The United States Internal Revenue Service is sending letters to crypto investors to apparently scare them into accurately reporting their crypto-related income.
The United States Internal Revenue Service (IRS) is sending letters to crypto investors to clarify crypto tax filing requirements and, in certain cases, compel them to pay back taxes. The IRS announced its letter campaign in a press release on July 26.
The IRS states that it has sent letters to 10,000 crypto investors, asking some to amend their tax filings, while compelling others to pay back taxes and/or interest and penalties. The revenue service states that the letters should be delivered by the end of August.
Per today’s announcement there are three different letters: Letter 6173, Letter 6174 or Letter 6174-A, which “strive to help taxpayers understand their tax and filing obligations and how to correct past errors.” IRS Commissioner Chuck Rettig said:
“The IRS is expanding our efforts involving virtual currency, including increased use of data analytics. We are focused on enforcing the law and helping taxpayers fully understand and meet their obligations.”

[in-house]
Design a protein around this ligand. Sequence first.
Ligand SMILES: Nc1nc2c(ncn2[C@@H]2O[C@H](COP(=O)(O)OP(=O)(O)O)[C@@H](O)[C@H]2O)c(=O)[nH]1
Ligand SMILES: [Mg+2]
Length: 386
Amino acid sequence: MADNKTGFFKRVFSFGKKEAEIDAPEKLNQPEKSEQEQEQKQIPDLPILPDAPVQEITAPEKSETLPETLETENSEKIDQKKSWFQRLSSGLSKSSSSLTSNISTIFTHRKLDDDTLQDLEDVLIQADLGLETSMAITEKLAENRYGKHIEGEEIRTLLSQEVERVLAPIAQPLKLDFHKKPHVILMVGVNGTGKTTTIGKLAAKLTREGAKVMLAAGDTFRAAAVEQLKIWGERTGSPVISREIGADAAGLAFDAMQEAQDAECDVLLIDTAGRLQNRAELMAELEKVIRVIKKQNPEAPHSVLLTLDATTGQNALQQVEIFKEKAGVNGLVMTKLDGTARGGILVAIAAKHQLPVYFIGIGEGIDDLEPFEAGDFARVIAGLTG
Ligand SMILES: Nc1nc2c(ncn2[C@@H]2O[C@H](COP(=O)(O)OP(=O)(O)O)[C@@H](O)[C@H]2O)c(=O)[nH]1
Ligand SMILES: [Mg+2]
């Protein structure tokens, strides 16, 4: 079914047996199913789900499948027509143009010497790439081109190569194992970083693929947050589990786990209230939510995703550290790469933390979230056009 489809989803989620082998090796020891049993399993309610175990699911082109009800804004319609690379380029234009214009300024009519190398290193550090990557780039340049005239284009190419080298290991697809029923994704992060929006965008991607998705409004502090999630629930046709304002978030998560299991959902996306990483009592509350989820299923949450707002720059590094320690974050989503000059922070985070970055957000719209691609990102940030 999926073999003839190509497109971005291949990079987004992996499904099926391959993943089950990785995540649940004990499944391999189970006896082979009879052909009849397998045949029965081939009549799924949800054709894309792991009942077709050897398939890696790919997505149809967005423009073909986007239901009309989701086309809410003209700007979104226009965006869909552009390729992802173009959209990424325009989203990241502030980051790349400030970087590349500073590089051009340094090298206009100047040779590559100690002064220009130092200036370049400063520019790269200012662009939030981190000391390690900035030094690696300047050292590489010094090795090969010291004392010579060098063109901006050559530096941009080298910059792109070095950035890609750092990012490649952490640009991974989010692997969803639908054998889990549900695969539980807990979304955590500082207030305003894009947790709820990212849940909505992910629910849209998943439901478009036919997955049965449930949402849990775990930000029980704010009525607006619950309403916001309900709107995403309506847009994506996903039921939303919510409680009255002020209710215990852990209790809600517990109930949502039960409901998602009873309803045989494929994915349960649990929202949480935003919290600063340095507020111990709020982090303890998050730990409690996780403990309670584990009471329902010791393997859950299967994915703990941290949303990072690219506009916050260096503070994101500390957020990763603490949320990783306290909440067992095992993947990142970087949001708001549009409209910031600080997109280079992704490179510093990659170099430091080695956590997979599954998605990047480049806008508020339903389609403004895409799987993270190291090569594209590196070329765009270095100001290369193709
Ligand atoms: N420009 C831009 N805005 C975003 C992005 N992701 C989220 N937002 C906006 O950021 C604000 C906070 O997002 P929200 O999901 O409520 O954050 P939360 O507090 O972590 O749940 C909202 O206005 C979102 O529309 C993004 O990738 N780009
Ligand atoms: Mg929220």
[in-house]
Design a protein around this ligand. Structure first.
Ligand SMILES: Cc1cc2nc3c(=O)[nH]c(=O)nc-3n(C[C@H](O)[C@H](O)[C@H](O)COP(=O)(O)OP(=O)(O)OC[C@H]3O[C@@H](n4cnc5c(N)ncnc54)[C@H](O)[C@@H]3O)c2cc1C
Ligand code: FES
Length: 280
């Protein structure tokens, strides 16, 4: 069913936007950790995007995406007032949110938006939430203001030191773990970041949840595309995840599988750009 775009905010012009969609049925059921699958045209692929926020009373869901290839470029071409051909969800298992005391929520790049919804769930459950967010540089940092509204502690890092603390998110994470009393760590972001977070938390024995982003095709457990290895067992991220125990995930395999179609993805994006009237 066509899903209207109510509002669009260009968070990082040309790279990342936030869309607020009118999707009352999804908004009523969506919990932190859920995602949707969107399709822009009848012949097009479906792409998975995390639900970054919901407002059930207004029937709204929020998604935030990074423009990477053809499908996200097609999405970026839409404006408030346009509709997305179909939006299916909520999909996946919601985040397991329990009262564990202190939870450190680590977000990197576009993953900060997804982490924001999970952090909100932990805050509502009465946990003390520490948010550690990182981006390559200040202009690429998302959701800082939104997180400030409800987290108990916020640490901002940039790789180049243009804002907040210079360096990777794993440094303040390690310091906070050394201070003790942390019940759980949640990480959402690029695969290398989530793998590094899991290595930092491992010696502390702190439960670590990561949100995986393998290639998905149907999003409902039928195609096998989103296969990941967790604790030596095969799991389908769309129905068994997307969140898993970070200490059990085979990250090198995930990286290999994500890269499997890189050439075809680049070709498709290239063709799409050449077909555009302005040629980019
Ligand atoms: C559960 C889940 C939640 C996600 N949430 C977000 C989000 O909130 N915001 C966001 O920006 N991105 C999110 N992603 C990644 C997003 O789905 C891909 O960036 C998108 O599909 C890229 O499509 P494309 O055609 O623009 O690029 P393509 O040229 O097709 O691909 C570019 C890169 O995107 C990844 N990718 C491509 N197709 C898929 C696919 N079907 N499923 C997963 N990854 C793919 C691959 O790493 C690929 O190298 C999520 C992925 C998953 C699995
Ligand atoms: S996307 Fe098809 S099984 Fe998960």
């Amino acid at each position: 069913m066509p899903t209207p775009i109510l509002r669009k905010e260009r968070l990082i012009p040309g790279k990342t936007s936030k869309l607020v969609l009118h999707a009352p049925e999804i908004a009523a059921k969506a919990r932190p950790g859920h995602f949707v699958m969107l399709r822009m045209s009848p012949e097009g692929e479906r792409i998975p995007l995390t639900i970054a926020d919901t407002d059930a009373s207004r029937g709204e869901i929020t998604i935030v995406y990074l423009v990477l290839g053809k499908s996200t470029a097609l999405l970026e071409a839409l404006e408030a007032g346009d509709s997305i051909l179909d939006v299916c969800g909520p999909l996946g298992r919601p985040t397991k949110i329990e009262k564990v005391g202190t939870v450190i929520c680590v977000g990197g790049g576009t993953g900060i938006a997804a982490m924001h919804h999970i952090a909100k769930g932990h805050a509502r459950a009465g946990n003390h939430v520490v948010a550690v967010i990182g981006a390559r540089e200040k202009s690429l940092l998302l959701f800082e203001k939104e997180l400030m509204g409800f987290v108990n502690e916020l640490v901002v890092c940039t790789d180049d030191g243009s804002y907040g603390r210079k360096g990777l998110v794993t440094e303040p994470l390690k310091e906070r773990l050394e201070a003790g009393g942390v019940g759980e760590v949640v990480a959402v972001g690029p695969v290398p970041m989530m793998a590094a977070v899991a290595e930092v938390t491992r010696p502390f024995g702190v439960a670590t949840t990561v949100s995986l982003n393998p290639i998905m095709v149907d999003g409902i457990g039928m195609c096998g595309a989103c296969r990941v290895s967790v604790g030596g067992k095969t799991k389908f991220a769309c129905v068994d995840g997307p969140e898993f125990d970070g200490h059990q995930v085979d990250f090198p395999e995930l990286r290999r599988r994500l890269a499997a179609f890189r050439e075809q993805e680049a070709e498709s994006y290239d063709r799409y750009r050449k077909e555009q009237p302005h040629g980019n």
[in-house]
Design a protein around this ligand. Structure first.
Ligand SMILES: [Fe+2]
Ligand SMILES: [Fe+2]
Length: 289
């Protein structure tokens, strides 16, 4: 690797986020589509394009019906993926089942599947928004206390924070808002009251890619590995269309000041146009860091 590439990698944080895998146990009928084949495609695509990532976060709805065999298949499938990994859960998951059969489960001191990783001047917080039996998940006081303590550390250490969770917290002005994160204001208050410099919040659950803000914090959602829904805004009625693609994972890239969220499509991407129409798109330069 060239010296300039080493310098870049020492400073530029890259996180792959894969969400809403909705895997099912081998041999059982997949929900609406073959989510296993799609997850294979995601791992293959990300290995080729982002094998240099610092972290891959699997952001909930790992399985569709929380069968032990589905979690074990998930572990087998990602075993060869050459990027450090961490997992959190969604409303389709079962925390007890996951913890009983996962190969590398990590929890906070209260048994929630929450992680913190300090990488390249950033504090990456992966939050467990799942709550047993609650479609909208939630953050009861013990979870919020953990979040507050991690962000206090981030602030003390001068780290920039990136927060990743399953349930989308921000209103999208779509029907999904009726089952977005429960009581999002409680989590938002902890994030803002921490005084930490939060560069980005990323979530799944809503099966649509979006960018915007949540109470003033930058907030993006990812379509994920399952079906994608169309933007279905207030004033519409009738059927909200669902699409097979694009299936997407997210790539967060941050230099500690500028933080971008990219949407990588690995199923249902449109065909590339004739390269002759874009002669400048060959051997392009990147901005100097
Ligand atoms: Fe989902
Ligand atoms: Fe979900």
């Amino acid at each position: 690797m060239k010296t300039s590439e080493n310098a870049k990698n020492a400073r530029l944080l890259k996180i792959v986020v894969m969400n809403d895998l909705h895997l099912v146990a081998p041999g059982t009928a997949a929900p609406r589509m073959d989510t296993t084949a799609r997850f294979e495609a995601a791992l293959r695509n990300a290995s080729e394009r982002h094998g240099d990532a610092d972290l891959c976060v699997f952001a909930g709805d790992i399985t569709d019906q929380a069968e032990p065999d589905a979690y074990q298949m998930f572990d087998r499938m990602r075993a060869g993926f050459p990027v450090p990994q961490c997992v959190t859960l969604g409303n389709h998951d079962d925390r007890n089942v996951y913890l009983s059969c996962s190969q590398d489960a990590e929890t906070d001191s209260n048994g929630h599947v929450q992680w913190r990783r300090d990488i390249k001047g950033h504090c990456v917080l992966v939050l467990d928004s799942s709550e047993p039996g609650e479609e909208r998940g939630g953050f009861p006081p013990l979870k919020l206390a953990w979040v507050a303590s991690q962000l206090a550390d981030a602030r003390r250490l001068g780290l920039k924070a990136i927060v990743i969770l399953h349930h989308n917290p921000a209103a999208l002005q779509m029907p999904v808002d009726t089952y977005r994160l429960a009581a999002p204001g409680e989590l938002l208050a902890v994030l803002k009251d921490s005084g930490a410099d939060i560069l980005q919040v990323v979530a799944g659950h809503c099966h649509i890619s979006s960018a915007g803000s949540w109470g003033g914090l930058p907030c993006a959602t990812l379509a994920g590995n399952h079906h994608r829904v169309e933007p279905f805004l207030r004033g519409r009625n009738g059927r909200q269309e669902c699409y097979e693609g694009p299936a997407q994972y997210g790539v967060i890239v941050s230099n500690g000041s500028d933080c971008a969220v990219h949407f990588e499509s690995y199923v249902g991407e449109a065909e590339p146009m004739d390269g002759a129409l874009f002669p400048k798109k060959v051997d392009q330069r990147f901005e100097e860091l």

Skepticism toward IRS
Some are more skeptical about the IRS’s intentions. According to a July 26 Forbes report by crypto tax attorney Tyson Cross, the tax authority could be using a list of taxpayers identified by Coinbase in 2017 to conduct a blanket campaign, saying:
“This would seem to indicate the IRS is sending these letters to taxpayers as a fishing attempt without any real belief that each recipient has under-reported.”
Cross says that several of his clients who accurately reported have received letters, and writes that several other tax professionals have revealed that their own clients — despite accurate reporting — had also received Letter 6174-A.
Letter campaign follows low filing rate for crypto taxes
Cross advised investors not to panic should they receive the letter, but to thoroughly ensure the accuracy of their tax returns, given that at the very least it means they are on the agency’s radar.
As previously reported, data released ahead of the close of the preceding tax year indicated that just 0.04% of tax filers were reporting capital gains from crypto investments to the IRS.
Back in July 2017, the IRS had required that major U.S. crypto exchange Coinbase hand over detailed information on every one of its then 500,000+ users in an attempt to prevent tax evasion. However, a court order in November 2017 reduced this number to around 14,000 “high-transacting” users, which the platform later reported as 13,000.
An alleged presentation by the agency earlier this month reportedly revealed that the IRS hopes to use Grand Jury subpoenas on firms such as Apple, Google and Microsoft to check taxpayers’ download history for crypto-related applications.